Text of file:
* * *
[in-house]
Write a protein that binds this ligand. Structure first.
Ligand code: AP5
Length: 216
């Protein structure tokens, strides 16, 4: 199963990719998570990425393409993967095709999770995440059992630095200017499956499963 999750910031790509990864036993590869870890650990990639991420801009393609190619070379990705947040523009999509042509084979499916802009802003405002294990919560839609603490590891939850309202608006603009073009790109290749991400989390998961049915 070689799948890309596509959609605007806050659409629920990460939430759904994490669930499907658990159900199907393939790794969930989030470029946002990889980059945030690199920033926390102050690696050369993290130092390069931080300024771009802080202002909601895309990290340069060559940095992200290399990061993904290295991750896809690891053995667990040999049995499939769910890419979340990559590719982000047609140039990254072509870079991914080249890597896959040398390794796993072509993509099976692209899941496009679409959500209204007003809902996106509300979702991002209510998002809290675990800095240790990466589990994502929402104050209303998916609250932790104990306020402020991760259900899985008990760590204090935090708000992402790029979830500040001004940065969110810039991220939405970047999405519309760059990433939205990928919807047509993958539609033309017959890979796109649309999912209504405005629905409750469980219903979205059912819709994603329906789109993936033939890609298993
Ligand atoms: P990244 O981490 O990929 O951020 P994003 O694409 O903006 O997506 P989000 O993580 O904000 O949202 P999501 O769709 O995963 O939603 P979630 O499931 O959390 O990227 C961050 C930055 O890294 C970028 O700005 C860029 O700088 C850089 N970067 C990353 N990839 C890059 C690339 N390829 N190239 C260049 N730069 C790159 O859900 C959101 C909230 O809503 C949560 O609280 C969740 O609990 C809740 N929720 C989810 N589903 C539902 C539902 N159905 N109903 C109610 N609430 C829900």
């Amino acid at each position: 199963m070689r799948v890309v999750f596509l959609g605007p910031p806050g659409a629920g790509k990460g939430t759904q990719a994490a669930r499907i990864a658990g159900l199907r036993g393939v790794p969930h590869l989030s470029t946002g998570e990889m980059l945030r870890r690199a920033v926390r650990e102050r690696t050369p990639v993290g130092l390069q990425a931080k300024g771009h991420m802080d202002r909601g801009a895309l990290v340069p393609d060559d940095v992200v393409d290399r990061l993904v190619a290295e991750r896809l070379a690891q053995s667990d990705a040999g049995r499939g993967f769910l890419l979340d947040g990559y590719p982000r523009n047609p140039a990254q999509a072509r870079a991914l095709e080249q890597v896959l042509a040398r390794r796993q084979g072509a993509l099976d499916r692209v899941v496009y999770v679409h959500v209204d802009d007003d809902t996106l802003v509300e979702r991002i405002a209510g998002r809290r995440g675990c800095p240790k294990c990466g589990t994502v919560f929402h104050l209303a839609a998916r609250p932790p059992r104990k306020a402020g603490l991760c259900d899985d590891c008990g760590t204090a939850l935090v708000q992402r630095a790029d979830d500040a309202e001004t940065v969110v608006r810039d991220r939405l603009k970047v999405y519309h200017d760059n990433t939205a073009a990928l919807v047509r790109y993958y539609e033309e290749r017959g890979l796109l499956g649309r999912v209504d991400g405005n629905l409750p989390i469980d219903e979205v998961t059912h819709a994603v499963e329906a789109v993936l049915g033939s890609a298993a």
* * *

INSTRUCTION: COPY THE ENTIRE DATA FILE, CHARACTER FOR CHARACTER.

[in-house]
Write a protein that binds this ligand. Structure first.
Ligand code: AP5
Length: 216
């Protein structure tokens, strides 16, 4: 199963990719998570990425393409993967095709999770995440059992630095200017499956499963 999750910031790509990864036993590869870890650990990639991420801009393609190619070379990705947040523009999509042509084979499916802009802003405002294990919560839609603490590891939850309202608006603009073009790109290749991400989390998961049915 070689799948890309596509959609605007806050659409629920990460939430759904994490669930499907658990159900199907393939790794969930989030470029946002990889980059945030690199920033926390102050690696050369993290130092390069931080300024771009802080202002909601895309990290340069060559940095992200290399990061993904290295991750896809690891053995667990040999049995499939769910890419979340990559590719982000047609140039990254072509870079991914080249890597896959040398390794796993072509993509099976692209899941496009679409959500209204007003809902996106509300979702991002209510998002809290675990800095240790990466589990994502929402104050209303998916609250932790104990306020402020991760259900899985008990760590204090935090708000992402790029979830500040001004940065969110810039991220939405970047999405519309760059990433939205990928919807047509993958539609033309017959890979796109649309999912209504405005629905409750469980219903979205059912819709994603329906789109993936033939890609298993
Ligand atoms: P990244 O981490 O990929 O951020 P994003 O694409 O903006 O997506 P989000 O993580 O904000 O949202 P999501 O769709 O995963 O939603 P979630 O499931 O959390 O990227 C961050 C930055 O890294 C970028 O700005 C860029 O700088 C850089 N970067 C990353 N990839 C890059 C690339 N390829 N190239 C260049 N730069 C790159 O859900 C959101 C909230 O809503 C949560 O609280 C969740 O609990 C809740 N929720 C989810 N589903 C539902 C539902 N159905 N109903 C109610 N609430 C829900």
């Amino acid at each position: 199963m070689r799948v890309v999750f596509l959609g605007p910031p806050g659409a629920g790509k990460g939430t759904q990719a994490a669930r499907i990864a658990g159900l199907r036993g393939v790794p969930h590869l989030s470029t946002g998570e990889m980059l945030r870890r690199a920033v926390r650990e102050r690696t050369p990639v993290g130092l390069q990425a931080k300024g771009h991420m802080d202002r909601g801009a895309l990290v340069p393609d060559d940095v992200v393409d290399r990061l993904v190619a290295e991750r896809l070379a690891q053995s667990d990705a040999g049995r499939g993967f769910l890419l979340d947040g990559y590719p982000r523009n047609p140039a990254q999509a072509r870079a991914l095709e080249q890597v896959l042509a040398r390794r796993q084979g072509a993509l099976d499916r692209v899941v496009y999770v679409h959500v209204d802009d007003d809902t996106l802003v509300e979702r991002i405002a209510g998002r809290r995440g675990c800095p240790k294990c990466g589990t994502v919560f929402h104050l209303a839609a998916r609250p932790p059992r104990k306020a402020g603490l991760c259900d899985d590891c008990g760590t204090a939850l935090v708000q992402r630095a790029d979830d500040a309202e001004t940065v969110v608006r810039d991220r939405l603009k970047v999405y519309h200017d760059n990433t939205a073009a990928l919807v047509r790109y993958y539609e033309e290749r017959g890979l796109l499956g649309r999912v209504d991400g405005n629905l409750p989390i469980d219903e979205v998961t059912h819709a994603v499963e329906a789109v993936l049915g033939s890609a298993a």